Firms shipping directly to customers need to manage own logistics systems, warehousing and resources. Due to the one-to-one interaction between company and customer, firms focus on building customer loyalty through their relationships with different elements of the brand.

Though requirements are capital intensive, the distribution process itself, due to being shorter, incurs less per unit cost compared to other channels of distribution.


Indirect Distribution

By intuition, this involves various intermediaries in this process of distributing the product to the consumer market. These intermediaries are middlemen, including any number of levels from agents to wholesalers, distributors and retailers.

Consider the journey of a bar of Lux soap from its manufacturing plant in Dankuni, on the outskirts of Calcutta, to your local supermarket. The product, along with thousands of others, is shipped to a network of redistribution stockists across the country, which further distribute smaller quantities to retail outlets reaching the entire urban population. Often, even from these retail outlets, the stock is supplied to grocery stores, chemists, kiosks and general stores.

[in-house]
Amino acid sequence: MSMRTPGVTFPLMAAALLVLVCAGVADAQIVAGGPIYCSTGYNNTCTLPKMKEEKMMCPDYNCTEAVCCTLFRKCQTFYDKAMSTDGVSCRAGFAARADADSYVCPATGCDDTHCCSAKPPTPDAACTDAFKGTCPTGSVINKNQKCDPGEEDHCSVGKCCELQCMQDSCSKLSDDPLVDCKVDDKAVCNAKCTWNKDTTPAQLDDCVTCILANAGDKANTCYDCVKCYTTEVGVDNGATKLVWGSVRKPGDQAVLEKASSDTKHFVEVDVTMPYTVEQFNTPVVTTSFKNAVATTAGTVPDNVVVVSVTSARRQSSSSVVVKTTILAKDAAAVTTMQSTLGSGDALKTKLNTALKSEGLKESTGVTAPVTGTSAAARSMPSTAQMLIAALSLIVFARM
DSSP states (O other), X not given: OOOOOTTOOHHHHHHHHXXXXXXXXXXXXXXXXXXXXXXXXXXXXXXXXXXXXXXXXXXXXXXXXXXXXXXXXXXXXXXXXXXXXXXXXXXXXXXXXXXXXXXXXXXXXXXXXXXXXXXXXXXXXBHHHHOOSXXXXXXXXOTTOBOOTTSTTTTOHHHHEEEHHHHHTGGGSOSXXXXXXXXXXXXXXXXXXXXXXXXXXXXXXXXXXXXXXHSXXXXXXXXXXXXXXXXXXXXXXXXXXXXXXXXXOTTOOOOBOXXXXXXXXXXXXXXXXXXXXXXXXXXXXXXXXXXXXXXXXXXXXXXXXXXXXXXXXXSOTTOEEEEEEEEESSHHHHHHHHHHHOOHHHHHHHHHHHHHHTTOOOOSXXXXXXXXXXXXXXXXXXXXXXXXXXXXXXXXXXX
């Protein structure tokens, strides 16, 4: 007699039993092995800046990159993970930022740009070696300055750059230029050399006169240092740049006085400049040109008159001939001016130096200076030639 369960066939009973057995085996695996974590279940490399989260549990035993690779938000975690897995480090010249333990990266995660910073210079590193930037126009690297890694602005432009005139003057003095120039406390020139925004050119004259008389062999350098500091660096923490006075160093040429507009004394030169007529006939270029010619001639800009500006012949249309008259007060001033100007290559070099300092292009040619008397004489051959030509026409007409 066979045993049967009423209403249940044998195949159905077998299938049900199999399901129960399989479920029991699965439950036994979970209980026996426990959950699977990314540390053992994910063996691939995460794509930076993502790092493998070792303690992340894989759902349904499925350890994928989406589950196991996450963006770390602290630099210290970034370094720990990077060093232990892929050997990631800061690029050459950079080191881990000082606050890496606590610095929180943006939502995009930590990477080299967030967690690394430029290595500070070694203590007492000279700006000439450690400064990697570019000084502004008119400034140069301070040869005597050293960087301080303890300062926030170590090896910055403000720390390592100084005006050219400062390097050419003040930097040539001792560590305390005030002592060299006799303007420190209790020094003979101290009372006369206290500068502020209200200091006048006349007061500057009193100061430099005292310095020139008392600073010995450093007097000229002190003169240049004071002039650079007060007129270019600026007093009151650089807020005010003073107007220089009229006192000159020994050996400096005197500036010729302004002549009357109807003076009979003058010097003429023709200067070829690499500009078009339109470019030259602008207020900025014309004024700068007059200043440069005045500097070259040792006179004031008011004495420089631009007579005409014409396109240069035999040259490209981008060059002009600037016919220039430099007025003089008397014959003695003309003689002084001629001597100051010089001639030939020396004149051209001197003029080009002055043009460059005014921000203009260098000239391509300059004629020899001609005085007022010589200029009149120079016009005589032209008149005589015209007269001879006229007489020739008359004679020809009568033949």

Apart from this channel of distribution, HUL also has relations with numerous channel partners who partner with self-service stores and supermarkets as a lower-level distribution channel.

Within indirect distribution, you can have multiple number of levels of distribution based on number of middlemen involved in the distribution process.


Elements of Distribution Mix

A product mix has numerous product levels of various product lines within the mix. Similarly, distribution mix has various elements which make product competitive in market.

Here are the elements of the distribution mix –

  • Channels of distribution
  • Warehousing decision
  • Product handling
  • Transport
  • Inventory Control
  • Order processing
  • Coverage

These parameters are also considered the crucial decision pointers required in the physical distribution process.


Managing Distribution Channels

How do we determine what is the most effective way to organize the distribution of our products?

As part of distribution strategy, I will introduce few common tried-and-tested strategies that ensure results.

Intensive Distribution

The technique is normally used to distribute low priced products or impulse purchases, like chips and chocolates. These typically have high sales and are available across most retail chains, and hence these products are found practically everywhere you go, from a local mom-ad-pop store to the supermarket.